In the past, many Americans have failed to register for a variety of reasons. One is that America is a highly mobile society, so many Americans who change their residence each year fail to re-reregister. A second is that many registration centers were open only during working hours, not on weekends or evenings. But whatever the reason, the result was voter ineligibility. To solve this problem, Congress passed the National Voter Registration Act of 1993, dubbed the "Motor Voter" law, which requires states to register its citizens when they apply for, renew, or change the address on their driver's licenses. Most of the adult population is covered through this provision. States must also provide registration locations at military recruiting centers, libraries, schools, and the offices of other state and local government agencies. Furthermore, all states must allow voters to register by mail. The law has led millions of Americans to register. But, despite this fact, voter turnout has continued to decline. Critics do fault the registration system, arguing that in order to increase voter participation, all Americans should have lifetime registration (computerized registration information could follow citizens to new locations and automatically re-register them) and all states should allow election-day registration (estimates are that this would increase voting by 5-10 percent nationally). However, on the debit side, the voting process might be delayed considerably with much longer lines if significant numbers of citizens decided to register on election day in their respective polling precincts.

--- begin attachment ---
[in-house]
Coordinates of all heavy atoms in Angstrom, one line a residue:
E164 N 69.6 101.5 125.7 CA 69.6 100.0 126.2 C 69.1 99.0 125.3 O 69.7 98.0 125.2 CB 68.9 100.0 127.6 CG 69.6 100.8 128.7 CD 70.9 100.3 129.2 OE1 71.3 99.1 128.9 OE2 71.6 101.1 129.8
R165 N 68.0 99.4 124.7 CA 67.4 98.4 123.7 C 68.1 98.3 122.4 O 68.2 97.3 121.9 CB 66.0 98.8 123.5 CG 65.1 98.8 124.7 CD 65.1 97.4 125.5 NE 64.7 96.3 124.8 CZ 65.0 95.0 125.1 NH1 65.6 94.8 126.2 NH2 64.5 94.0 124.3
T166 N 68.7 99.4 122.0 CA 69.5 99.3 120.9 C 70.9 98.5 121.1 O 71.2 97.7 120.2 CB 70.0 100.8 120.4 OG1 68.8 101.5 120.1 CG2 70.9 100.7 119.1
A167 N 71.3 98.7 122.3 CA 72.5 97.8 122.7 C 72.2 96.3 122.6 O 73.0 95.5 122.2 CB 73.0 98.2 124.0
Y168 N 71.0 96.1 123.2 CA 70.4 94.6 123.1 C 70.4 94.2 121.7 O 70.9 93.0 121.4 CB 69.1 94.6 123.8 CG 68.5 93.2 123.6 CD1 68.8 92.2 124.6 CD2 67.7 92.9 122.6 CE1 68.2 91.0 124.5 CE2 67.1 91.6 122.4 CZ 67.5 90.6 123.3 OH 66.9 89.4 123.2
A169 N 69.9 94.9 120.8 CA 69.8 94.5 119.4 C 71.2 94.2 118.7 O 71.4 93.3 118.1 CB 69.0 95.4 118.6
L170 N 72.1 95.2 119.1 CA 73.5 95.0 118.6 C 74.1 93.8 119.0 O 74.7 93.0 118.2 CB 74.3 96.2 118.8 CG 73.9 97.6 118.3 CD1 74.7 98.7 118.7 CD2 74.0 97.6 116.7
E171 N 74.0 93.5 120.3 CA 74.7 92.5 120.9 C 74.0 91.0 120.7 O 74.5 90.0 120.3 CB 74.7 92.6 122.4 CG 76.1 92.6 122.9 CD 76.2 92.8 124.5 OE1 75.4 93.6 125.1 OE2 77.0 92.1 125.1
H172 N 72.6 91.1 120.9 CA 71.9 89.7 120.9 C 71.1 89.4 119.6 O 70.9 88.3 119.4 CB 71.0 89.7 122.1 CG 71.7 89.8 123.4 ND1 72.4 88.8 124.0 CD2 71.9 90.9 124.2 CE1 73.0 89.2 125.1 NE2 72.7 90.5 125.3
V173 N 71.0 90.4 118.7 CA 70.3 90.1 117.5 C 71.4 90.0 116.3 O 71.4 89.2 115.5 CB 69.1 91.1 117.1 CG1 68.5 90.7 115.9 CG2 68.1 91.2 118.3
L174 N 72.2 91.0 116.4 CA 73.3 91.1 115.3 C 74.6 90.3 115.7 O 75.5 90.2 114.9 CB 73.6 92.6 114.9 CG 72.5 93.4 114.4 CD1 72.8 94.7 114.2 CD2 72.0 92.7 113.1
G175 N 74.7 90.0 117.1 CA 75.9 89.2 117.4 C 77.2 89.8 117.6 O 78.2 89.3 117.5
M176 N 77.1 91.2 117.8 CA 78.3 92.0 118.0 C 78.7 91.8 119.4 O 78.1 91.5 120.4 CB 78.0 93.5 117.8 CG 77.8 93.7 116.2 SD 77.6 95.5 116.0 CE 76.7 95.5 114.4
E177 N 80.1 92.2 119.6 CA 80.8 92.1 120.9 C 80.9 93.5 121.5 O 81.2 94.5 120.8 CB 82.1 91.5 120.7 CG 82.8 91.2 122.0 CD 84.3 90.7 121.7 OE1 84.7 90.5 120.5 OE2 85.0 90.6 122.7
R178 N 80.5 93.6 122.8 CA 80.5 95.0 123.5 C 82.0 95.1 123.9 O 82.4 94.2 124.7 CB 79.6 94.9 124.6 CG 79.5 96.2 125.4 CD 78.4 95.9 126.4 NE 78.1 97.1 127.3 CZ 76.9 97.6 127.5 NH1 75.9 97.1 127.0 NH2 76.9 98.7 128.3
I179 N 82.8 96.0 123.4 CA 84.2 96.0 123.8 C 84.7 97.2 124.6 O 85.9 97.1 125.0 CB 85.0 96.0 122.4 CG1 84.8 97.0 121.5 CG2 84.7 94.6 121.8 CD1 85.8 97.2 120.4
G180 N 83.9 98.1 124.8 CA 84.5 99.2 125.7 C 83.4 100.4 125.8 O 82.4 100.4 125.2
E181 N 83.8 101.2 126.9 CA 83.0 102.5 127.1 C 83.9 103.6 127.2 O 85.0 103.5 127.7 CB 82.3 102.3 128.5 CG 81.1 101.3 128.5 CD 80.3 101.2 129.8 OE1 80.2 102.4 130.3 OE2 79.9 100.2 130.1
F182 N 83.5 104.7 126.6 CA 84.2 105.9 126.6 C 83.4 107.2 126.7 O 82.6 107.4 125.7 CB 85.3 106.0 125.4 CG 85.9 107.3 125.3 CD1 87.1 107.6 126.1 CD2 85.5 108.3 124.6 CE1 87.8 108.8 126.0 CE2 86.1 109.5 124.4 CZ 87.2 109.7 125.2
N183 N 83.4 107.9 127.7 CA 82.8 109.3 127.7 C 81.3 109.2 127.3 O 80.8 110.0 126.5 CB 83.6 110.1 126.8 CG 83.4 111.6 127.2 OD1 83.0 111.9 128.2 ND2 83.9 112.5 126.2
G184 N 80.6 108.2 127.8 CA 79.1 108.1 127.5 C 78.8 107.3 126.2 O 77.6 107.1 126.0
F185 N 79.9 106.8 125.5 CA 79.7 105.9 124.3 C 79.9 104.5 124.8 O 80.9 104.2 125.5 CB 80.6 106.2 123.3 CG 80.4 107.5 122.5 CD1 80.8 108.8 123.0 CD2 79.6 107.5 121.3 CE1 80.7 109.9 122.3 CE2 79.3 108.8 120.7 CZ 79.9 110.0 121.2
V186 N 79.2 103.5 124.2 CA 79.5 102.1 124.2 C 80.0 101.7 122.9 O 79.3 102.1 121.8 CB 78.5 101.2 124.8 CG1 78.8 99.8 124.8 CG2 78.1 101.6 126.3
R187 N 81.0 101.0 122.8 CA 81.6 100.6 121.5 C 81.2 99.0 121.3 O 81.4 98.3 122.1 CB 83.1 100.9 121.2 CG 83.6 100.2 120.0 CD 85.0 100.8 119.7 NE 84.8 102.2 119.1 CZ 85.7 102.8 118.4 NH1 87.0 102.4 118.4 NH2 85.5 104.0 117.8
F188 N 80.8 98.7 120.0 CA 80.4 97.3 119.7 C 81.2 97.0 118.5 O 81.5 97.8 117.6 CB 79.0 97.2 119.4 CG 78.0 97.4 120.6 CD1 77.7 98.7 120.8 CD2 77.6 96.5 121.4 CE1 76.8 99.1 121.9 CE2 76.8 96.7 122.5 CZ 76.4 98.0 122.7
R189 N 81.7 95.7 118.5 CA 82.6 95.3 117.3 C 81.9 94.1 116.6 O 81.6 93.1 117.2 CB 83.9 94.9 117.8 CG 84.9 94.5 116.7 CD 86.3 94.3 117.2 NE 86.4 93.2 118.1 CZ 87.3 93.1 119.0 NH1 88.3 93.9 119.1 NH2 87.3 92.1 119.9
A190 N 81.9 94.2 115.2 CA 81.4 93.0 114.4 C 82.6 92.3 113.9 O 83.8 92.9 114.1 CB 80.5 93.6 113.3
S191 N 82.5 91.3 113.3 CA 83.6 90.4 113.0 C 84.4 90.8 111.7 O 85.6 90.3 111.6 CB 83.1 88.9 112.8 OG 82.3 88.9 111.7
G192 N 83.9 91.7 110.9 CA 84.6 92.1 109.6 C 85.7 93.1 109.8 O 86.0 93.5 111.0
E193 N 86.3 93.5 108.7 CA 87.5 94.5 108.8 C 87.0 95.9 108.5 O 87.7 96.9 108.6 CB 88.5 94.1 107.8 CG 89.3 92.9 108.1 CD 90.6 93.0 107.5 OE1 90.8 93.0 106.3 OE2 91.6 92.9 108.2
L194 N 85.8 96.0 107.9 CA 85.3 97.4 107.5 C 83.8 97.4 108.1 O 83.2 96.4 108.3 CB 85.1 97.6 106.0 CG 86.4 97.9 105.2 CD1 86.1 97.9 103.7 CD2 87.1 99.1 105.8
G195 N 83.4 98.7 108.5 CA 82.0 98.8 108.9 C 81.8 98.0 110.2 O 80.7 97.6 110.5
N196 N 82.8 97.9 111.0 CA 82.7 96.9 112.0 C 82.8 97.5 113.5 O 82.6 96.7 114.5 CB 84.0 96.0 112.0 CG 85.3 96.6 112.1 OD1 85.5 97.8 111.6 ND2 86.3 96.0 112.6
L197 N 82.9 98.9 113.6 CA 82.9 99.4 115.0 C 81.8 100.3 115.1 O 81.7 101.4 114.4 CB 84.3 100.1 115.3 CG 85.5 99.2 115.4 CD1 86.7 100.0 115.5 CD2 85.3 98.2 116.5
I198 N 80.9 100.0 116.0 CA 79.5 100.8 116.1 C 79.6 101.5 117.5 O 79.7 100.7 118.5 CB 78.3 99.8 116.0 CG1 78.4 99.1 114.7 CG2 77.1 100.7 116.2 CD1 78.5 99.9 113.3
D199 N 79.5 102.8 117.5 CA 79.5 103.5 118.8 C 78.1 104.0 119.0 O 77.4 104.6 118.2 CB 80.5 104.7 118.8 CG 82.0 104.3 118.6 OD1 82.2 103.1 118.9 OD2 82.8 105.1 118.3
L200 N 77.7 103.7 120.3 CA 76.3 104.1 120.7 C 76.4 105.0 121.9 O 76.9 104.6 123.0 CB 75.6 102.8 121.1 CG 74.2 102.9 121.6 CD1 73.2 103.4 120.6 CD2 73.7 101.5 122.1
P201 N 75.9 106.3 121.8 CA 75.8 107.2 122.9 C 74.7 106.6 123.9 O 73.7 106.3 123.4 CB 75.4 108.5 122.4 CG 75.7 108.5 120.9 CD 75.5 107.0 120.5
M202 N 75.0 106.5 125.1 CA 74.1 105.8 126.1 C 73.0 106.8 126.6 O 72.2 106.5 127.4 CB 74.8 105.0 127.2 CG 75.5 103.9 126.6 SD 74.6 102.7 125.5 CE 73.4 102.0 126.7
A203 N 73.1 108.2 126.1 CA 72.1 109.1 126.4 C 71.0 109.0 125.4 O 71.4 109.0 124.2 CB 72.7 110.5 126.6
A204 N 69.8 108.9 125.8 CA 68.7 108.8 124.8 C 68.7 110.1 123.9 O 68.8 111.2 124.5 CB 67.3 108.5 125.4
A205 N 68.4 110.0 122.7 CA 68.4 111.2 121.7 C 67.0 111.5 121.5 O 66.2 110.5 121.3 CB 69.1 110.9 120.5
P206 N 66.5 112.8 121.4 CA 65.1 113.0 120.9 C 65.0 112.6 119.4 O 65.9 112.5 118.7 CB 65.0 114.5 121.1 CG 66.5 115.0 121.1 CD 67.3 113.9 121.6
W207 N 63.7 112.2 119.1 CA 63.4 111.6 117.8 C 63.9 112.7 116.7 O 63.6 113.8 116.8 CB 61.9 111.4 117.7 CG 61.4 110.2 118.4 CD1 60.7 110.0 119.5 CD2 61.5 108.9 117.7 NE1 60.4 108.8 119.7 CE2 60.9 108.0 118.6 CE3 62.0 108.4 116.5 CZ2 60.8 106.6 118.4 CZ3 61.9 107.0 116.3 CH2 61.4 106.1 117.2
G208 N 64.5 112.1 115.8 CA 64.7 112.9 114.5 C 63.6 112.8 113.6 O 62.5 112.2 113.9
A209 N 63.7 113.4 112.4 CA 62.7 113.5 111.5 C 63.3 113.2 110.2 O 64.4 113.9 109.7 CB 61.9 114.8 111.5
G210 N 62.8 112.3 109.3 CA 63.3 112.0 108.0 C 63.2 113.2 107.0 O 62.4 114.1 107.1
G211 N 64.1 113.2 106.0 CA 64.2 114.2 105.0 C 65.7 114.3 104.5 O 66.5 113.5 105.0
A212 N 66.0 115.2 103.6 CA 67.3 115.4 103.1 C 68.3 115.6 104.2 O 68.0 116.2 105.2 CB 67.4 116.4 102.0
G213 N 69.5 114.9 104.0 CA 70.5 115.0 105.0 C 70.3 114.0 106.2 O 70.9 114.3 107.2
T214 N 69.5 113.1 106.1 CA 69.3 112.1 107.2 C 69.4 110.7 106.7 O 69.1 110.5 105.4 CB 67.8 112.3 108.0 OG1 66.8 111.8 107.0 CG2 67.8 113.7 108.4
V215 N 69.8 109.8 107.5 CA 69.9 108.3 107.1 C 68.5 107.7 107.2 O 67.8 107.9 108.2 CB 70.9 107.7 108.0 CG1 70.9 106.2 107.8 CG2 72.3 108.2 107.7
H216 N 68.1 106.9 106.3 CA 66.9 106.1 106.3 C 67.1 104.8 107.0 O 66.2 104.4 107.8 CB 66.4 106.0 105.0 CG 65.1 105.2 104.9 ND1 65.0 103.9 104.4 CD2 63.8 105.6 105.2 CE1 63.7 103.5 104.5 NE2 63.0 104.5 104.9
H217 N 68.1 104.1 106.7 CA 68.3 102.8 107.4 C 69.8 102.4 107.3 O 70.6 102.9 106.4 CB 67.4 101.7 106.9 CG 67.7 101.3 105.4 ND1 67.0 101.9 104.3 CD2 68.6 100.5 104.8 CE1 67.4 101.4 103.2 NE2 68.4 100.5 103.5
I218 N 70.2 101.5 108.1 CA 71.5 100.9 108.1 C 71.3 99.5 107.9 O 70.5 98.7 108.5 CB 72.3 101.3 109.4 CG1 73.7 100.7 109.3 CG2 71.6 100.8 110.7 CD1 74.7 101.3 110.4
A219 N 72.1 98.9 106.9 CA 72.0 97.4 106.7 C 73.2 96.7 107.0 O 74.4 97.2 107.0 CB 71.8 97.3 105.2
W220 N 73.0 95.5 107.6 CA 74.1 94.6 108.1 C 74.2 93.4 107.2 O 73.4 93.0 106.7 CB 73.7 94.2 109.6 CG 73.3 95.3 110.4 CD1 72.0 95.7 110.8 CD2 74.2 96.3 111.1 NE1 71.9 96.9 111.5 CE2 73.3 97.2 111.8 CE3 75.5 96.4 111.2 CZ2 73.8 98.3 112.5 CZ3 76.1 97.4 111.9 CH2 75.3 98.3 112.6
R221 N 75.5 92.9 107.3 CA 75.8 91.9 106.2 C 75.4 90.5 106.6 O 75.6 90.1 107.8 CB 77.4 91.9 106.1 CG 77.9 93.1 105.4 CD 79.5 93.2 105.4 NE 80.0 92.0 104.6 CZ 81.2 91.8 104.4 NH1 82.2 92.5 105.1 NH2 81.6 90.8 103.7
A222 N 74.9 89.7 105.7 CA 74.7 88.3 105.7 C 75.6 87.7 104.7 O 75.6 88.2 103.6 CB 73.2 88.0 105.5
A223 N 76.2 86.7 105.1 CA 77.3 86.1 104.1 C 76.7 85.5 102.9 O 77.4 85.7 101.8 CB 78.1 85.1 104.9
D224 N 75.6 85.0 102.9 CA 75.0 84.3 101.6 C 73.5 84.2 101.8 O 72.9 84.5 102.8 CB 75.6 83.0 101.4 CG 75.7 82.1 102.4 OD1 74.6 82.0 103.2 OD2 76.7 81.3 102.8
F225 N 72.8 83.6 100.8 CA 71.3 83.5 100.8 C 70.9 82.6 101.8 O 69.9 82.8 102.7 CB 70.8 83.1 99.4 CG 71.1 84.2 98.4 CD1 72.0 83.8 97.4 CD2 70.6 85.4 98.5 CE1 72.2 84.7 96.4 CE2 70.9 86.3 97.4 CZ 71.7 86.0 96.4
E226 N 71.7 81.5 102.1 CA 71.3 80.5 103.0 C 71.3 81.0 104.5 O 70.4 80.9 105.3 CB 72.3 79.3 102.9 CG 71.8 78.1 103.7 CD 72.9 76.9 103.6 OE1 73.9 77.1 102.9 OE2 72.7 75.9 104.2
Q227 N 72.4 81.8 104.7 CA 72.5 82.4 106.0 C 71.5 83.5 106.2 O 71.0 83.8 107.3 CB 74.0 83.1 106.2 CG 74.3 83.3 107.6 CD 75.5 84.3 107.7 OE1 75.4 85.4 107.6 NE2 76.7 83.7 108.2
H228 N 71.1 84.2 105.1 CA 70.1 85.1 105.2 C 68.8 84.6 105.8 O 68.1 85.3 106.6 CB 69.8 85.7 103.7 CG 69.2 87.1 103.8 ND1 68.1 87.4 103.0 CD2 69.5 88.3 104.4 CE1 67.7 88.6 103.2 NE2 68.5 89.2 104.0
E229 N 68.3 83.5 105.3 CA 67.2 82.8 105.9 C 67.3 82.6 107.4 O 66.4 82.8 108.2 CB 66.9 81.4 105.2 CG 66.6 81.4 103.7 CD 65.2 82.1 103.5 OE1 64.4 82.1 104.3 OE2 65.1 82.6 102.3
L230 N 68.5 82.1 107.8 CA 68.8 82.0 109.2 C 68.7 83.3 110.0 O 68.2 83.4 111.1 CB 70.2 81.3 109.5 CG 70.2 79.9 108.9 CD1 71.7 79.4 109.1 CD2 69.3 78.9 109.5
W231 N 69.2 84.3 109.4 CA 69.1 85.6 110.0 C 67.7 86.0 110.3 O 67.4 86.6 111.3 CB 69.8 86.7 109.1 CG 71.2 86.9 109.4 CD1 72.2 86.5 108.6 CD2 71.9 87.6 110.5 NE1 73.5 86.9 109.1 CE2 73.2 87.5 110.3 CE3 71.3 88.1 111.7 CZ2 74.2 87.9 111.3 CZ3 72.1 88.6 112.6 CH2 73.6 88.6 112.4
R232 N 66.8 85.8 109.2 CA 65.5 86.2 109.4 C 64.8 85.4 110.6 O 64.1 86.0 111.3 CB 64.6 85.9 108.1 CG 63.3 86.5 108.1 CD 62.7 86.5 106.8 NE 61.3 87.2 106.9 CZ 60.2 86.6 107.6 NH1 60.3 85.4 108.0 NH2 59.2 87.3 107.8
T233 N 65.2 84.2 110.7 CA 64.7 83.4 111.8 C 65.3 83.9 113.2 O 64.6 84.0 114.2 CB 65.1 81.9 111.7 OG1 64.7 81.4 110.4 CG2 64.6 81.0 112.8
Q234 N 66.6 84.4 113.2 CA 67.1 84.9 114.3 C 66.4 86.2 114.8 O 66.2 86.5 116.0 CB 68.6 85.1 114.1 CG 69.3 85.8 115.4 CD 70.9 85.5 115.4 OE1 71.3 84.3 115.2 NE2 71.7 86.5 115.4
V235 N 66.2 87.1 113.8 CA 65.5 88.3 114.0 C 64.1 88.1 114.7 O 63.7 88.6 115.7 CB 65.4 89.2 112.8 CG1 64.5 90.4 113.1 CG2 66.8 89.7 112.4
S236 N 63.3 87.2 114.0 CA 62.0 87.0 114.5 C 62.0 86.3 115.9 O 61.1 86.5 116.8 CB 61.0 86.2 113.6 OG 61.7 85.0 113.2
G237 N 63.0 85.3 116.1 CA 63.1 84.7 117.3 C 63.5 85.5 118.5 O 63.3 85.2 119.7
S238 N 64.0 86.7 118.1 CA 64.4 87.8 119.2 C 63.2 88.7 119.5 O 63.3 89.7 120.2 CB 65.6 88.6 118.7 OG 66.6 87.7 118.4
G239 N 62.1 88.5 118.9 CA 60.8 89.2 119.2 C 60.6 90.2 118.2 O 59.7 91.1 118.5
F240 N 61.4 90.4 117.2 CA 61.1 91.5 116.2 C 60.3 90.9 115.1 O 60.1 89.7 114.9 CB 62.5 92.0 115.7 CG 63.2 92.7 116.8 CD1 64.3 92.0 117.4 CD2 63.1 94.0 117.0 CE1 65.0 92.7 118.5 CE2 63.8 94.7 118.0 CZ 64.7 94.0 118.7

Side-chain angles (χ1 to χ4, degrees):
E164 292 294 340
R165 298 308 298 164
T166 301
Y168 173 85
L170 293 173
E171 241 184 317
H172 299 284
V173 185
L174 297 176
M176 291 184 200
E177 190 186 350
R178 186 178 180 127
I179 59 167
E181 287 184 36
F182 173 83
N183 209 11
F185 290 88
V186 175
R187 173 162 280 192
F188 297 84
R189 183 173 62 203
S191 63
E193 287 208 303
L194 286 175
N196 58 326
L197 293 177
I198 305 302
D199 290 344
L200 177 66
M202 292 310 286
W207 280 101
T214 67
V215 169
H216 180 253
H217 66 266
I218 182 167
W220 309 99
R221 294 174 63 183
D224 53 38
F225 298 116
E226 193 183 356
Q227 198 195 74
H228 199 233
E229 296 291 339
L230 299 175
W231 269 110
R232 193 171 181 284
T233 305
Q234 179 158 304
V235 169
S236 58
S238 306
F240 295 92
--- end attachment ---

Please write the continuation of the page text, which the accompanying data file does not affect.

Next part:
Why Many Americans Don't Vote Fewer than 50 percent of Americans voted in the 1996 presidential election, the lowest turnout since 1924! Typically, turnout is only about 40 percent in off-year congressional elections, and perhaps averages 20-25 percent in state and local political races around the nation. America has among the lowest turnout percentages when contrasted with other democracies such as Austria or Sweden (frequently over 90 percent in those two nations). Also, note that other democracies provide automatic registration for citizens or even fine people who do not vote, such as in Uruguay or Australia.

But political scientists point out that the American voting turnout figures in presidential elections are misleading when compared to other democracies. For example, the United States Census Bureau defines "official turnout" as the "number of people voting for President divided by the number of people in the voting age population." The latter includes people who are ineligible to vote (such as felons or illegal aliens) and who have not registered. If you divide the actual voters by the actual population of registered voters as many other nations do, then the American turnout percentage would be roughly in the middle-range of turnout found in the industrial democracies. However, the general problem of non-voting cannot be so easily dismissed.

There are many reasons offered for non-voting. First, there are those citizens who feel that "it makes no difference who wins." They believe that regardless of which party's candidate is elected, the political system will continue to operate effectively. Both of the two major political parties are perceived by these Americans as similar in political philosophy (even though this may not really be true). Differences may exist, but they are not deemed to be especially significant. They also distrust politicians in general ("all politicians are crooked"), so to them elections have little value or meaning. Second, there is the "I can't influence the political system by voting" view. These citizens lack political efficacy, or the attitude that their votes will truly make a difference in what public policies, decisions, or laws are passed. In addition, many citizens with this belief are voter "dropouts" who no longer find any candidate worthy of their time or attention. Contributing to this attitude is the absence of real competition in many congressional, state, or even local elections.